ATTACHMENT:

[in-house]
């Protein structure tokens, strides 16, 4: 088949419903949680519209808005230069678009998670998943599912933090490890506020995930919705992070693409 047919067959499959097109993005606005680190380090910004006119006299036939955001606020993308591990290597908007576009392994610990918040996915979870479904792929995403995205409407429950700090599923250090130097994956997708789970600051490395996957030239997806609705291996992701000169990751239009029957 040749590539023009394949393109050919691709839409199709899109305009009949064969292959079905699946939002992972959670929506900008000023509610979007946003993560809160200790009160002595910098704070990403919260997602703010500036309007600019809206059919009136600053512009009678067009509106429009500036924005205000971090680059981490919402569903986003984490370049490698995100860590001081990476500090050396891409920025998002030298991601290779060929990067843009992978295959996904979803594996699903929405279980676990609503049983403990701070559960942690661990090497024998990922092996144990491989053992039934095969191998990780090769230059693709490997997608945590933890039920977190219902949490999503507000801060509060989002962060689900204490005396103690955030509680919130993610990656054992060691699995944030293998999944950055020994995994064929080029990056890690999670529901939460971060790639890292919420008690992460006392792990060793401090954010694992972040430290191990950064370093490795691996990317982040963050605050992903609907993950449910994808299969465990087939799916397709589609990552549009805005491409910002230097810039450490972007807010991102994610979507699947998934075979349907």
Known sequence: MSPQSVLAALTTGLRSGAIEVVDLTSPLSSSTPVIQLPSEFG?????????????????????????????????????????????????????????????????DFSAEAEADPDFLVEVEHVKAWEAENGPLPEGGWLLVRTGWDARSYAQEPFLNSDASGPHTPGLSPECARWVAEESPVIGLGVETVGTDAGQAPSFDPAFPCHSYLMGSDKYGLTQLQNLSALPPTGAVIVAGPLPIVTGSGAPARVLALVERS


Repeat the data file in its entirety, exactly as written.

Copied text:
[in-house]
């Protein structure tokens, strides 16, 4: 088949419903949680519209808005230069678009998670998943599912933090490890506020995930919705992070693409 047919067959499959097109993005606005680190380090910004006119006299036939955001606020993308591990290597908007576009392994610990918040996915979870479904792929995403995205409407429950700090599923250090130097994956997708789970600051490395996957030239997806609705291996992701000169990751239009029957 040749590539023009394949393109050919691709839409199709899109305009009949064969292959079905699946939002992972959670929506900008000023509610979007946003993560809160200790009160002595910098704070990403919260997602703010500036309007600019809206059919009136600053512009009678067009509106429009500036924005205000971090680059981490919402569903986003984490370049490698995100860590001081990476500090050396891409920025998002030298991601290779060929990067843009992978295959996904979803594996699903929405279980676990609503049983403990701070559960942690661990090497024998990922092996144990491989053992039934095969191998990780090769230059693709490997997608945590933890039920977190219902949490999503507000801060509060989002962060689900204490005396103690955030509680919130993610990656054992060691699995944030293998999944950055020994995994064929080029990056890690999670529901939460971060790639890292919420008690992460006392792990060793401090954010694992972040430290191990950064370093490795691996990317982040963050605050992903609907993950449910994808299969465990087939799916397709589609990552549009805005491409910002230097810039450490972007807010991102994610979507699947998934075979349907």
Known sequence: MSPQSVLAALTTGLRSGAIEVVDLTSPLSSSTPVIQLPSEFG?????????????????????????????????????????????????????????????????DFSAEAEADPDFLVEVEHVKAWEAENGPLPEGGWLLVRTGWDARSYAQEPFLNSDASGPHTPGLSPECARWVAEESPVIGLGVETVGTDAGQAPSFDPAFPCHSYLMGSDKYGLTQLQNLSALPPTGAVIVAGPLPIVTGSGAPARVLALVERS